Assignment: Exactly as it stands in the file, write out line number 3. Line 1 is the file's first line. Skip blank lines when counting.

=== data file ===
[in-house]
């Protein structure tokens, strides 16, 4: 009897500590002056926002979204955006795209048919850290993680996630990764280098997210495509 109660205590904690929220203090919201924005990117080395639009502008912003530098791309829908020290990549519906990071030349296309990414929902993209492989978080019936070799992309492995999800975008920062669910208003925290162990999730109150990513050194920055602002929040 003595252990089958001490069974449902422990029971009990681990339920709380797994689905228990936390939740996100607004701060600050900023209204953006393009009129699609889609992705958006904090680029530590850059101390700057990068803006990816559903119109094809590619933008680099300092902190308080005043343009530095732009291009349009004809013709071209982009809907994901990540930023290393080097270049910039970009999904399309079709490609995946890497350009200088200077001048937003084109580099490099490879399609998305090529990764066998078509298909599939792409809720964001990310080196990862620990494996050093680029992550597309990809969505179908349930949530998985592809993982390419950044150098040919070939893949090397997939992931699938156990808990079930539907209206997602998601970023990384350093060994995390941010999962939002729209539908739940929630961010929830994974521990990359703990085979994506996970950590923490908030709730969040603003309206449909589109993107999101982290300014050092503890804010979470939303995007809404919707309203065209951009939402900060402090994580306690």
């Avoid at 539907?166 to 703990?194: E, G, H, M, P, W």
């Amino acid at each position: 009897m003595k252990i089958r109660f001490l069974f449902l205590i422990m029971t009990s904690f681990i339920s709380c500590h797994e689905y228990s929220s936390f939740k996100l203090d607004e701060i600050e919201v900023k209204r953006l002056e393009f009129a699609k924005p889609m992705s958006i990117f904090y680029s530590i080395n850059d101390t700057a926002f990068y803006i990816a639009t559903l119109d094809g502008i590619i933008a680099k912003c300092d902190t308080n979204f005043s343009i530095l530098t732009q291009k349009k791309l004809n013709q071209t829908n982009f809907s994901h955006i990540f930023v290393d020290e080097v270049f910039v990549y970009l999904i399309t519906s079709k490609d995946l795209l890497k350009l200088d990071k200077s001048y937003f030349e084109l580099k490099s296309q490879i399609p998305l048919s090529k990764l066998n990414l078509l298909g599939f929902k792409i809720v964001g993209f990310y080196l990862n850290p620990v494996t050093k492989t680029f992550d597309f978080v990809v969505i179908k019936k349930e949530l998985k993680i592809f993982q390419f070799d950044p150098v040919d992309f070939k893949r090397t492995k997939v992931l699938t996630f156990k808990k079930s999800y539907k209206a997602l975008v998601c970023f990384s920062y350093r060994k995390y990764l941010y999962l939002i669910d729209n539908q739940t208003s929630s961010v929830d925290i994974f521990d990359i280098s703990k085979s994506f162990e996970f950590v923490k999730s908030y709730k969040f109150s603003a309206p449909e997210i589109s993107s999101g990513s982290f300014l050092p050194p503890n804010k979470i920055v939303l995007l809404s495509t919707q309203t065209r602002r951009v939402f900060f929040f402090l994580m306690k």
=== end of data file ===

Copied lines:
């Avoid at 539907?166 to 703990?194: E, G, H, M, P, W």